Problems with the Stockholm Wedding Cake model

Posted in: Comment, News and Updates

The St George's House consultation was valuable in many ways.  One unexpected outcome for me was coming across (thanks, Paul Vare) the Stockholm Resilience Centre's Wedding Cake model of the SDGs.  It's here.

The Centre says:

This model changes our paradigm for development, moving away from the current sectorial approach where social, economic, and ecological development are seen as separate parts. Now, we must transition toward a world logic where the economy serves society so that it evolves within the safe operating space of the planet.

This is the layered cake:

Partnership Goal                     17

Economic Goals                8  9  10  12

Social Goals                 1  2  3  4  5  7  11  16

Biosphere Goals               6  13  14  15

In the model, the bottom layer of the cake represents the biosphere [ Goals 6, 13, 14, 15 ].  The next layer has Goals 1 to 5, 7, 11, 16 and this is society.  The next later is the economy [ Goals 8, 9, 10, 12 ], and at the top where, in more traditional times the bride and groom would be, is Goal 17: Partnerships for the Goals | Strengthen the implementation and revitalize the global partnership for sustainable development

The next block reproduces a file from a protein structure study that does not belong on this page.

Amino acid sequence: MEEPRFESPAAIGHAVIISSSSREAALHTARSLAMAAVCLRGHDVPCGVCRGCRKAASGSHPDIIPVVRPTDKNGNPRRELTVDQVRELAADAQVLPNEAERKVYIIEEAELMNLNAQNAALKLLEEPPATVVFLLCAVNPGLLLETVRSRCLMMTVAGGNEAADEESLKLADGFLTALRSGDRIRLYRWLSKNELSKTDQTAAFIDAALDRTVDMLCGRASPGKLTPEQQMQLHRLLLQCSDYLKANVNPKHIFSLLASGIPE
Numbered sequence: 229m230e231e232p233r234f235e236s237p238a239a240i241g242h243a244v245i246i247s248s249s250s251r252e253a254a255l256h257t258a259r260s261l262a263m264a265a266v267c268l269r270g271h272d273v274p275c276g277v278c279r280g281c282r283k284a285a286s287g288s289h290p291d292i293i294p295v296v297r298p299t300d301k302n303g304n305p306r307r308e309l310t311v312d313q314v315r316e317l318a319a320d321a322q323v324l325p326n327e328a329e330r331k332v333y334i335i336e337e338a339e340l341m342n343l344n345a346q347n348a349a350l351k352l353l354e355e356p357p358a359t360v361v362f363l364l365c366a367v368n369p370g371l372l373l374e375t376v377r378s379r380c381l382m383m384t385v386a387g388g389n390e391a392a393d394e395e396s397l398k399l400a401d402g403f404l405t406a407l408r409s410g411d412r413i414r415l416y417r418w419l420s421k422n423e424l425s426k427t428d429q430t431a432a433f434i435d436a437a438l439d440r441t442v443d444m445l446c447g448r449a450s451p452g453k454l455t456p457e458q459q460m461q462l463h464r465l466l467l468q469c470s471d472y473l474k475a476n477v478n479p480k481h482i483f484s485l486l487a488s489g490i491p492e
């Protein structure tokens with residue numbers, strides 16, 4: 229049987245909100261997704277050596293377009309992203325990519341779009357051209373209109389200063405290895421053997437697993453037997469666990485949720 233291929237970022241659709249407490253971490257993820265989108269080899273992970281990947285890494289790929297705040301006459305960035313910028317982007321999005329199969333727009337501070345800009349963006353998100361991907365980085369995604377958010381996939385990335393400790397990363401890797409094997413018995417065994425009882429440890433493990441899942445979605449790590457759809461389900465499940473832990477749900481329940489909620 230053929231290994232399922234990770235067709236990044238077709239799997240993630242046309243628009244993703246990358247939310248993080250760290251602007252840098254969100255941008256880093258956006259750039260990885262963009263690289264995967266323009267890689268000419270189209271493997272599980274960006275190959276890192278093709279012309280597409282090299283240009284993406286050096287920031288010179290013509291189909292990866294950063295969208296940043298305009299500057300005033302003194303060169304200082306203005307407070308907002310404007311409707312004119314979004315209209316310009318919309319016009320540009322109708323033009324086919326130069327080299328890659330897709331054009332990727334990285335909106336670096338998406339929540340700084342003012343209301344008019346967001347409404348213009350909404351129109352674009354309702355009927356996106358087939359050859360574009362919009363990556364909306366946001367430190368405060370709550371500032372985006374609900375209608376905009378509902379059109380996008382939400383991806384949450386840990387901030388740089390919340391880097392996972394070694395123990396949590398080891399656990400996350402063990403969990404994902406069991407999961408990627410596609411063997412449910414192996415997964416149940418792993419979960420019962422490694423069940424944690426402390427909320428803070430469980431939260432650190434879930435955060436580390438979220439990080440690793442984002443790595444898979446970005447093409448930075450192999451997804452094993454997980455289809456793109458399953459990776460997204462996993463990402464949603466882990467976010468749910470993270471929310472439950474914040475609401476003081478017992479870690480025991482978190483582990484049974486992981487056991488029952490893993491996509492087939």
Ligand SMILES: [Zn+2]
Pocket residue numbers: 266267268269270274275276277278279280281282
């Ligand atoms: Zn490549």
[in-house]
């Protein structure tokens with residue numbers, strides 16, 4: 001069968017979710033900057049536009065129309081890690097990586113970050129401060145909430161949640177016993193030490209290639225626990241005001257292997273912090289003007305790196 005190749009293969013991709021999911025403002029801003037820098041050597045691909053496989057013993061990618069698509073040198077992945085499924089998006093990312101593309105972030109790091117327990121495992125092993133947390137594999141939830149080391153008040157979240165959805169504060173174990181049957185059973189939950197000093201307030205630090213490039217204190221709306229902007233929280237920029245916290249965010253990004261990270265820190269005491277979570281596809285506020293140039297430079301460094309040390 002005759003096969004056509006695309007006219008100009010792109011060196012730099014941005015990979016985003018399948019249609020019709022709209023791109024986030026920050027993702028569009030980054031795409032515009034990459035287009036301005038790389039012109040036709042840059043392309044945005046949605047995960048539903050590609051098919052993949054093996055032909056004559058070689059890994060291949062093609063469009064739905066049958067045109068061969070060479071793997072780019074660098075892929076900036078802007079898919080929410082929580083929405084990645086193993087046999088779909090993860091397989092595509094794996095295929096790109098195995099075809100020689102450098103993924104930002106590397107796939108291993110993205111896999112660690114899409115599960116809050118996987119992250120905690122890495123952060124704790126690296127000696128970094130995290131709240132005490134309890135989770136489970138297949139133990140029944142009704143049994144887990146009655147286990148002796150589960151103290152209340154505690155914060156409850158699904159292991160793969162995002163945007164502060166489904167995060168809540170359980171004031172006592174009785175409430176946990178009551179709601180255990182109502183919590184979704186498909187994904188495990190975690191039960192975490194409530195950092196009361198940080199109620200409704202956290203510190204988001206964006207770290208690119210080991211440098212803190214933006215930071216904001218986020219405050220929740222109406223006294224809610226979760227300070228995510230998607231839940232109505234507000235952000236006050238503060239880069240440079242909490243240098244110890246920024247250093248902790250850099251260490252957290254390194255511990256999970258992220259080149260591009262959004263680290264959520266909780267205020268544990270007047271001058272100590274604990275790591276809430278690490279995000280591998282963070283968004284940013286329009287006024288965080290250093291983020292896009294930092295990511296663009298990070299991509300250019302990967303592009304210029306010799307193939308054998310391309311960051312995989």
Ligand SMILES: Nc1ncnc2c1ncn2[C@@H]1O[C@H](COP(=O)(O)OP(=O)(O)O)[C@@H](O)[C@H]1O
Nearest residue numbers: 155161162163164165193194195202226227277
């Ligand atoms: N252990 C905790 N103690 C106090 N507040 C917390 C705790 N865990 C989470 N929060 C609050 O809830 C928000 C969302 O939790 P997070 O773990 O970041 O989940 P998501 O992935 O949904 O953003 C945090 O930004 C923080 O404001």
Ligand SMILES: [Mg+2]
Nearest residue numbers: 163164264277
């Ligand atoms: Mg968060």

All this immediately invites comparison with Kate Raworth's (and Oxfam's) Doughnut, but a more pertinent comparison, perhaps, is with the Daly and Meadows modelling of the Earth system and human society.  More on all this later.

As for the wedding cake, whilst it has to be right to have the biosphere where it is as this underpins everything else (and won't environmental educators everywhere be pleased), it seems odd to have the economy above society in this way, given that it is supposed to "serve society"  In this view it seems obvious that society's role is to support the economy which is where much of humanity is now stuck.  How odd that the Stockholm Resilience Centre made this fundamental error.


The 17 goals are:

  • 17: Partnerships for the Goals


  • 8: Decent Work and Economic Growth
  • 9: Industry, Innovation and Infrastructure
  • 10: Reduced Inequalities
  • 12: Responsible Consumption and Production


  • 1: No Poverty
  • 2: Zero Hunger
  • 3: Good Health and Well-Being
  • 4: Quality Education
  • 5: Gender Equality
  • 7: Affordable and Clean Energy
  • 11: Sustainable Cities and Communities
  • 16: Peace, Justice and Strong Institutions


  • 6: Clean Water and Sanitation
    13: Climate Change
    14: Life Below Water
    15: Life on Land


Posted in: Comment, News and Updates


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